Lower Adult Smoking Rates with More Adults Quitting: Levels Still Below Nation's Goal for 2010
percentage of U.S. adults who smoke cigarettes continues to decline and
more adults have successfully quit smoking than remain current smokers.
The study estimates that 20.9 percent – 44.5 million people
– are current smokers, down from 21.6 percent in 2003 and 22.5
percent in 2002, according to a recent article in CDC’s Morbidity
and Mortality Weekly Report (MMWR).
encouraged by the continued decline in cigarette smoking among U.S.
adults and want to congratulate those who have successfully quit," said
CDC Director Dr. Julie Gerberding.
smoking is the most important step smokers can take to improve their
overall health and reduce their risk of disease," Dr. Gerberding said.
"For smokers who want to quit, resources are available to help,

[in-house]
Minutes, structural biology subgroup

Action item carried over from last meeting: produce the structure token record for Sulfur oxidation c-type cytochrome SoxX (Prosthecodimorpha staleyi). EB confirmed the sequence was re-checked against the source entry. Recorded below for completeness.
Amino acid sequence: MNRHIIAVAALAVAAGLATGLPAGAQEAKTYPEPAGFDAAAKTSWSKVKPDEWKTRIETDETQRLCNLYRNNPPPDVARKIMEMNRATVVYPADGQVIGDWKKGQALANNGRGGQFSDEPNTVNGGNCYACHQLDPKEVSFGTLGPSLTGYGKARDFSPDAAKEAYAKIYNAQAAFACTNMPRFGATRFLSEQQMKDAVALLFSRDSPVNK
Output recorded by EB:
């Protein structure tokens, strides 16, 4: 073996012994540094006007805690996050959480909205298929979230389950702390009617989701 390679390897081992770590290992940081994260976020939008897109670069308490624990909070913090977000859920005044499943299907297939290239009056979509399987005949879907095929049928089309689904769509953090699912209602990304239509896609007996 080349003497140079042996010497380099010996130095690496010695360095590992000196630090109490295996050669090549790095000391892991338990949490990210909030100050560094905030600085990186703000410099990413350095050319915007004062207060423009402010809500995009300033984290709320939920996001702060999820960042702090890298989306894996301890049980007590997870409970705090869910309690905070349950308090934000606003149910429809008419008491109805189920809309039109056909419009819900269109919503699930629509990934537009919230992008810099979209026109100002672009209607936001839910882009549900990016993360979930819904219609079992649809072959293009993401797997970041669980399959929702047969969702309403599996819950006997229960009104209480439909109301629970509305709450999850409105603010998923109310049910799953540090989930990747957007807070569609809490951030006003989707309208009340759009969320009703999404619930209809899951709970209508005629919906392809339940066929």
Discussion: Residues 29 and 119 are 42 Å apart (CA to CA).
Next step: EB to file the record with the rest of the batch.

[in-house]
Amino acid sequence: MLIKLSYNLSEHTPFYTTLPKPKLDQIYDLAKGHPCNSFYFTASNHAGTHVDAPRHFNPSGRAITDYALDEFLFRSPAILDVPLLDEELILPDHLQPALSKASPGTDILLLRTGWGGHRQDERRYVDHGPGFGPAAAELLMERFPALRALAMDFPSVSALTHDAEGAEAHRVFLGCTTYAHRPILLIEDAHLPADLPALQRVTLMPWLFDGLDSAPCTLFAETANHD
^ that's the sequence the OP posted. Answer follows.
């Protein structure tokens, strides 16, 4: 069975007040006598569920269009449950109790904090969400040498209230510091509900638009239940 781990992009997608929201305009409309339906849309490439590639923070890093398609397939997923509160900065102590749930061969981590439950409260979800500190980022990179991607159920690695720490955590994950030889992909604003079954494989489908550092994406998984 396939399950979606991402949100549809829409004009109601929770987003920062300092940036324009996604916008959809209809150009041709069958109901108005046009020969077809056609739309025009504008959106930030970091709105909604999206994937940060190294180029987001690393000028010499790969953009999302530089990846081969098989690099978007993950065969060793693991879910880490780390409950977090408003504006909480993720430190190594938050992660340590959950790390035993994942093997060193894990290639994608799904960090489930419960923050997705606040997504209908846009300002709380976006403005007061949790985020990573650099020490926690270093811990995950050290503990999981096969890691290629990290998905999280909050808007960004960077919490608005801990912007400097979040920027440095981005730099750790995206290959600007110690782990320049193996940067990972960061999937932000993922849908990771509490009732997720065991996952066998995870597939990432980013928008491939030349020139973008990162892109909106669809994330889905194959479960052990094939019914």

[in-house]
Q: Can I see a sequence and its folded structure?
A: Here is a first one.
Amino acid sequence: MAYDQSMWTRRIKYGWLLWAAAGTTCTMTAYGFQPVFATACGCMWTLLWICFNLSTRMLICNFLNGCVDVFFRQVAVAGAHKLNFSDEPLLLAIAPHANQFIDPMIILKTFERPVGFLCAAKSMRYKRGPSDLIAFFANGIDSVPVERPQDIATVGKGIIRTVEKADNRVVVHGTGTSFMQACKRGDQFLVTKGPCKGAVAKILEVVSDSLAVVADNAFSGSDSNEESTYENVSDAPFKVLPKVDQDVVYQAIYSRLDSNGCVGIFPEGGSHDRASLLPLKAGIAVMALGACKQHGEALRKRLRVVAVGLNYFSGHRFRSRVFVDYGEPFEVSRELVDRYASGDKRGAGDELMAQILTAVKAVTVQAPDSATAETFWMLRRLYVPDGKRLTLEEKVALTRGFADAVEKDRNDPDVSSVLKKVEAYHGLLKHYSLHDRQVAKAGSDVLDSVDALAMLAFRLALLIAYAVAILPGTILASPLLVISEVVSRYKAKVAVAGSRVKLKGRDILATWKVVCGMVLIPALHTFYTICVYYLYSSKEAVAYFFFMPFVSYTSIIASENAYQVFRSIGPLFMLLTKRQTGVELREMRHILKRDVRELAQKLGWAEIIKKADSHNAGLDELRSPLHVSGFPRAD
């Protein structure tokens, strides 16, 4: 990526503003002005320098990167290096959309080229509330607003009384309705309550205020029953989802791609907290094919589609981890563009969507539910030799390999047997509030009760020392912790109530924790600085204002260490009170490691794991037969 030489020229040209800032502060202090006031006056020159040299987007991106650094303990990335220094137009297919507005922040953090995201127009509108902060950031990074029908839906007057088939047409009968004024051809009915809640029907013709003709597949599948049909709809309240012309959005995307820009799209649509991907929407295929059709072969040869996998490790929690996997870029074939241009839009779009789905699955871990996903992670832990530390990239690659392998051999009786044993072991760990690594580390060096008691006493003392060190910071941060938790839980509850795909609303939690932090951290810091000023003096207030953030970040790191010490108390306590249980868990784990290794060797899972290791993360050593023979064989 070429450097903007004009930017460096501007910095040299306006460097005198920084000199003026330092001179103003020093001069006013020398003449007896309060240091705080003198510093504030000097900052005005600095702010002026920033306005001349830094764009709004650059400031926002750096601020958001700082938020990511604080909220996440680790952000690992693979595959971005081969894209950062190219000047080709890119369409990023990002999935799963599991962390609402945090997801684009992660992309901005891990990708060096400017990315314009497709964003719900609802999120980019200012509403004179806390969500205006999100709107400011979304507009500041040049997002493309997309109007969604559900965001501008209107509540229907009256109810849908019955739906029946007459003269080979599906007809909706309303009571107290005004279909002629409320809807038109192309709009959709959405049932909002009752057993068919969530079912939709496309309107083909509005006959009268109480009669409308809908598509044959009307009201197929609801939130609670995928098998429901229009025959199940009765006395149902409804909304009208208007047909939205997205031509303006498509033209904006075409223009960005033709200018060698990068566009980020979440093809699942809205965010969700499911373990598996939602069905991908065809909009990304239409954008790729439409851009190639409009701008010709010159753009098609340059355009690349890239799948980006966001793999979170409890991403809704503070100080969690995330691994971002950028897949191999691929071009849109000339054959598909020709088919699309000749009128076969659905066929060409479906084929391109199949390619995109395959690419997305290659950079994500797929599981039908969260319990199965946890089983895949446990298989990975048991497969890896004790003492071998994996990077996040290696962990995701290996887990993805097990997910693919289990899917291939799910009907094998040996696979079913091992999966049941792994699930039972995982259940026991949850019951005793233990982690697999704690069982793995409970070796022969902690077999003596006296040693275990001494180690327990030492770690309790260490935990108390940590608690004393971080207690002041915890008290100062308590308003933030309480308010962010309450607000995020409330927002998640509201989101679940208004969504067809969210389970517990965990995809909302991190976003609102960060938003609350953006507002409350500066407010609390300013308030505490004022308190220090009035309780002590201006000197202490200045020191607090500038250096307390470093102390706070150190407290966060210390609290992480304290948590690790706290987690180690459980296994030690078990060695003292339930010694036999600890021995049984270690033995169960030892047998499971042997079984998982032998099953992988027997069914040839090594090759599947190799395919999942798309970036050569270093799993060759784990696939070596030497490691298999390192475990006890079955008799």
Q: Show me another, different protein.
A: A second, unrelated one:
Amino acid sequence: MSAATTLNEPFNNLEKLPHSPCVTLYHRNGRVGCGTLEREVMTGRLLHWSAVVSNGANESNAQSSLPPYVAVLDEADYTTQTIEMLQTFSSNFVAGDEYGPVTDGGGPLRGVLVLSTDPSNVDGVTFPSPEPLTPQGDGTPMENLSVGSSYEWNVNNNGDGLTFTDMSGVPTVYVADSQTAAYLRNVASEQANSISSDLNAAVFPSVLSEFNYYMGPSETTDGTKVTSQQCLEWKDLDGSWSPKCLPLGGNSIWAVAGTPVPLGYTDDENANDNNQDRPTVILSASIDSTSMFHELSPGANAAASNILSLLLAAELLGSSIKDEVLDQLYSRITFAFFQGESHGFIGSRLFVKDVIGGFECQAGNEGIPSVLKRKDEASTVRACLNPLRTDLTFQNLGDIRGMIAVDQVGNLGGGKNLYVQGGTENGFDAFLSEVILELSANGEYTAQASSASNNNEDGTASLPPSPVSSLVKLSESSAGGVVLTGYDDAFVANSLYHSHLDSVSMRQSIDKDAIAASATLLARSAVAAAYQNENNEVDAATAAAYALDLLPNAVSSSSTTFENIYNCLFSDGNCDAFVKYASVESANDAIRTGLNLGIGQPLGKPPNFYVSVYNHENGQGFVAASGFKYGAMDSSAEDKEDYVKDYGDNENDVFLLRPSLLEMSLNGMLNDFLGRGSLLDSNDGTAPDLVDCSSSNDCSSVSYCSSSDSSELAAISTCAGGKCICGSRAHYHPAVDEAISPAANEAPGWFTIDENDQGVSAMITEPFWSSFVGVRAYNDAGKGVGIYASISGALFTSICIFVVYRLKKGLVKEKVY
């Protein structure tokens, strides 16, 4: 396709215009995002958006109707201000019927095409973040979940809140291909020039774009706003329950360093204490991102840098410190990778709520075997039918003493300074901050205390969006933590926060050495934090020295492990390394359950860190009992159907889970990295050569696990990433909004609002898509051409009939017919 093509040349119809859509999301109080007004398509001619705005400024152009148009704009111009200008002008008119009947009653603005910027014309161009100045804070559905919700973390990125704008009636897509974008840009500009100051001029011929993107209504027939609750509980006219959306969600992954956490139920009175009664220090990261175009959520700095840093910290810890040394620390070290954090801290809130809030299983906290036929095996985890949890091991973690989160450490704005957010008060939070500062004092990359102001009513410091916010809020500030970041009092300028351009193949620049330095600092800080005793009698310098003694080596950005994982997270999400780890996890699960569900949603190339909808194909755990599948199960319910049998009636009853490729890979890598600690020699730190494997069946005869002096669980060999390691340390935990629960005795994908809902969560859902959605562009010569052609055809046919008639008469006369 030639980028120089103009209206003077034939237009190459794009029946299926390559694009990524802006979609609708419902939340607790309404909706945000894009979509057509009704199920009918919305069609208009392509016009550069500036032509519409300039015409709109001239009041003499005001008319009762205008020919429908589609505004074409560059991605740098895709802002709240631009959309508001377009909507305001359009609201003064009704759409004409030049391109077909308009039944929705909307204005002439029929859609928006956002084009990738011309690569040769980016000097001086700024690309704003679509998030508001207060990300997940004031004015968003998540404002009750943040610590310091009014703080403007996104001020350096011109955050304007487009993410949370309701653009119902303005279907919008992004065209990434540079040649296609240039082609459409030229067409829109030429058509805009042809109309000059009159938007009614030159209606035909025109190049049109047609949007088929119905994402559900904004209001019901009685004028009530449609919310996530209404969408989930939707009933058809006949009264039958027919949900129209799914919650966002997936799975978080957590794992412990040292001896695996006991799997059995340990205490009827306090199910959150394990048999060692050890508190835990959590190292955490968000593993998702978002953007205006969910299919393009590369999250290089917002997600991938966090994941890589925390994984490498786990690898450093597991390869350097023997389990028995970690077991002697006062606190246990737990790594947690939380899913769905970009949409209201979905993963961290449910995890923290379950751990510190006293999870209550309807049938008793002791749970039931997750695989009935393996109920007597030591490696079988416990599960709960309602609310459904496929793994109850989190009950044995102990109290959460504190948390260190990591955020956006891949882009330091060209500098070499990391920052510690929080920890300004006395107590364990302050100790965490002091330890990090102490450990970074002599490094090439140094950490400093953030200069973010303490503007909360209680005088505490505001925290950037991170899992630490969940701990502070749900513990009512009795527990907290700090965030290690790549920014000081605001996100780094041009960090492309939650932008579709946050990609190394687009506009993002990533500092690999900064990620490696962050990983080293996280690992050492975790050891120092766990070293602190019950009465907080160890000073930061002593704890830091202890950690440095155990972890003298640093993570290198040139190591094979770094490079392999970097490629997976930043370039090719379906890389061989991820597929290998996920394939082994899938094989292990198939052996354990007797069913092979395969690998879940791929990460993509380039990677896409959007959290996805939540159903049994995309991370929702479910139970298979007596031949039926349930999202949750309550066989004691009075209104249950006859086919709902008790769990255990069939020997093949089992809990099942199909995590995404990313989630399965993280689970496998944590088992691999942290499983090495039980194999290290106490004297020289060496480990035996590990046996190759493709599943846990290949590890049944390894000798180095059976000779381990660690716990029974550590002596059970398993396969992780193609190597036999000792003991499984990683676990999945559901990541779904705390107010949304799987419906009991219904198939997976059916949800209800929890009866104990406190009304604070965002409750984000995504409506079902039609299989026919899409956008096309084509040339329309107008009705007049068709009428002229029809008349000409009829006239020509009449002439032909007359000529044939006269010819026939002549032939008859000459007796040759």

including calling the national network of quitlines at 1-800-QUIT-NOW
or going to www.smokefree.gov."
also indicates that the prevalence of heavy smoking (25 or more
cigarettes per day) has declined over the past decade, from 19.1
percent of smokers in 1993 to 12.1 percent of smokers in 2004.
study in the MMWR, the 2004 Behavior Risk Factor Surveillance System
reports that 50 percent or more of smokers had quit in 36 states/areas.
In the majority of states, most adults have never been smokers and
among those who have ever smoked, the majority have quit. In four
states, Connecticut, California, Vermont, and Utah, 60 percent or more
of smokers have quit smoking.
The CDC said
it would formally implement its tobacco-free campus policy. The policy
bans theuse of all tobacco products at CDC owned facilities and
grounds, and in government vehicles.
tobacco-free initiative fits with one of CDC’s public health
goals, to achieve healthy workplaces by promoting and protecting the
health and safety of people who work by preventing workplace-related
fatalities, illnesses, injuries, and personal health risks. This
includes preventing exposure to tobacco and promoting physical
education programs," said Gerberding.
For copies of the full MMWR articles, visit www.cdc.gov/mmwr